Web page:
The Carbon Tax Center has had qualms since day one about campaigns to compel institutions to divest from their fossil fuel holdings. The morality is great, but impact is lacking.
“Divestment can’t loosen the fossil fuel stranglehold without a carbon tax,” we wrote in a photo caption in our first stand-alone post on divestment four years ago.
Today, with a broadened outlook, we would write that divestment can’t loosen the fossil fuel stranglehold without a Green New Deal-level massive investment in decarbonization, with a robust carbon tax playing a major contributory role — a position we outlined in a post earlier this year, Carbon Tax Advocates Should Embrace a Green New Deal.
Our 2015 post outlined why fossil fuel divestment is a dead end:
Divestment by socially responsible investors, universities and even governments won’t starve capital flows to fossil fuel corporations anytime soon. That’s because in a global market, every share of stock we activists dutifully unload will be snatched up in milliseconds by some trader who can bank on humanity’s continued dependence on fossil fuels to continue generating profits. (emphasis added)
Why bring this up now? Because we just stumbled across an illuminating 2018 interview with U-Mass economist Robert Pollin, a prominent climate academic-activist and co-author of a detailed financial analysis of fossil fuel divestment impacts. The interview, posted at Truth Out in May 2018, is entitled, Are Fossil Fuel Divestment Campaigns Working? A Conversation With Economist Robert Pollin. Sadly but unsurprisingly, Pollin concluded in his analysis, also from 2018, that they aren’t.
Here’s the key excerpt. The questioner is C.J. Polychroniou, a Truth Out contributor and political economist-scientist. We added boldfaced type, for emphasis.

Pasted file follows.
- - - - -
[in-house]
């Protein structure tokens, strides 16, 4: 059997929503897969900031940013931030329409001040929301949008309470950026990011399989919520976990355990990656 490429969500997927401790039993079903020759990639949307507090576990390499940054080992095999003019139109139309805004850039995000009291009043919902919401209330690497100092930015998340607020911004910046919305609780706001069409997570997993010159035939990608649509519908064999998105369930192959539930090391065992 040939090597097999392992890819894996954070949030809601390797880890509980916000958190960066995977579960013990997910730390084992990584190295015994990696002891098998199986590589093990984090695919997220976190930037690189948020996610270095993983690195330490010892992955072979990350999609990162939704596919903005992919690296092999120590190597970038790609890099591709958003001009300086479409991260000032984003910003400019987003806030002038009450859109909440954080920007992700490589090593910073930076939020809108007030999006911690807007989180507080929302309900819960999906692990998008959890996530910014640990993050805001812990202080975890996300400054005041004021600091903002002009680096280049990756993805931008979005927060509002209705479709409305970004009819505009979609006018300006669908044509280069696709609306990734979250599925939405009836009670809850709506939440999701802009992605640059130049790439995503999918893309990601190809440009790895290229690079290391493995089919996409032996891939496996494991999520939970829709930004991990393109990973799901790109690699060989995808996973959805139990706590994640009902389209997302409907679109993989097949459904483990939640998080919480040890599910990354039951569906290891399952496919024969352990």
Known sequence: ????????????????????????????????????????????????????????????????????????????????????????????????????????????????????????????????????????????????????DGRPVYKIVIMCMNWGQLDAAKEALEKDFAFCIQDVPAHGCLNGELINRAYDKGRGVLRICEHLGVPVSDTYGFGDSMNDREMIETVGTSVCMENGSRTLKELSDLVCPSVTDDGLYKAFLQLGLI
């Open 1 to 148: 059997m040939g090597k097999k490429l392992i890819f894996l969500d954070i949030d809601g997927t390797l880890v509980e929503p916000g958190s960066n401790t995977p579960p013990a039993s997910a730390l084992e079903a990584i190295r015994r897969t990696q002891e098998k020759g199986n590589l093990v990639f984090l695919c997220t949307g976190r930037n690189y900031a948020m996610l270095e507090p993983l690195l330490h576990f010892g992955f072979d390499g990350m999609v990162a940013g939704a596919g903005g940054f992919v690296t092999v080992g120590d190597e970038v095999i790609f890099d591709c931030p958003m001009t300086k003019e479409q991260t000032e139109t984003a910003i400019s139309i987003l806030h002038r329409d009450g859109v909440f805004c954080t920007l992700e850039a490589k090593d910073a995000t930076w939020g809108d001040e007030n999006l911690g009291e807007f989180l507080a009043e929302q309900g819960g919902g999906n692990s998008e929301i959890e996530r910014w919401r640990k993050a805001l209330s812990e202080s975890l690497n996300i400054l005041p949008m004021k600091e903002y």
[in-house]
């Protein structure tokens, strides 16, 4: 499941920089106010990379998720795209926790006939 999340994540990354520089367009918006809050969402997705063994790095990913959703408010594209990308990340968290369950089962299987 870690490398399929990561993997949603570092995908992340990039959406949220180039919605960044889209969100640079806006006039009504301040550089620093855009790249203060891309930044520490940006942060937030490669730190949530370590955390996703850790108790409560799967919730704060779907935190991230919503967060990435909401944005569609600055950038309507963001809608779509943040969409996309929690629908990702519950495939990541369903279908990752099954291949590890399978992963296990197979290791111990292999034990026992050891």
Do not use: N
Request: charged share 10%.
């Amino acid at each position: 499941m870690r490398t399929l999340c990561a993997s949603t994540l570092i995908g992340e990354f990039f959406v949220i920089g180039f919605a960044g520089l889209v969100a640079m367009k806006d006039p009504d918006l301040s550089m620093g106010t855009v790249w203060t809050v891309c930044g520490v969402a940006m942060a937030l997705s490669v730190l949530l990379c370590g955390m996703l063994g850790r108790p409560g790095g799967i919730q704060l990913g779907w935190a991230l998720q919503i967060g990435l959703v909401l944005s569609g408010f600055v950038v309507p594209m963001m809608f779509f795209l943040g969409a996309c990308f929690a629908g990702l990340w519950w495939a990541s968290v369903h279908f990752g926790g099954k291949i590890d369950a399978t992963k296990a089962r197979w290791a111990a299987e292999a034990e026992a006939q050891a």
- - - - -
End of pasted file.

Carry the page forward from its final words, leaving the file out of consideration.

Q: One approach that has become quite popular in recent years is the strategy of divestment. However, the recent study you coauthored with Tyler Hansen questions the effectiveness of the strategy of divestment in reducing carbon emissions. How did your study come to that conclusion?
A: In this new research paper, Tyler Hansen and I concluded that divestment campaigns have not been especially effective as a means of significantly reducing CO2 emissions, and they are not likely to become more effective over time. Our study includes both an analysis of the available data on global divestment patterns as well as a formal statistical modeling exercise that evaluates the impact of divestment events — such as when the New York City pension fund decided last January to sell off all of their fossil fuel company holdings — on the stock market prices of fossil fuel companies.
We found two basic things from this research. First, to date, we found the total level of divestment commitments to be at about 0.7 percent of total global private fossil fuel assets (assets committed to divestment are at about $36 billion while total global private fossil fuel assets are at $4.9 trillion). Second, we found no evidence that any divestment actions, including the recent New York City pension fund decision, has [sic] had any significant negative effect on the stock prices of fossil fuel companies.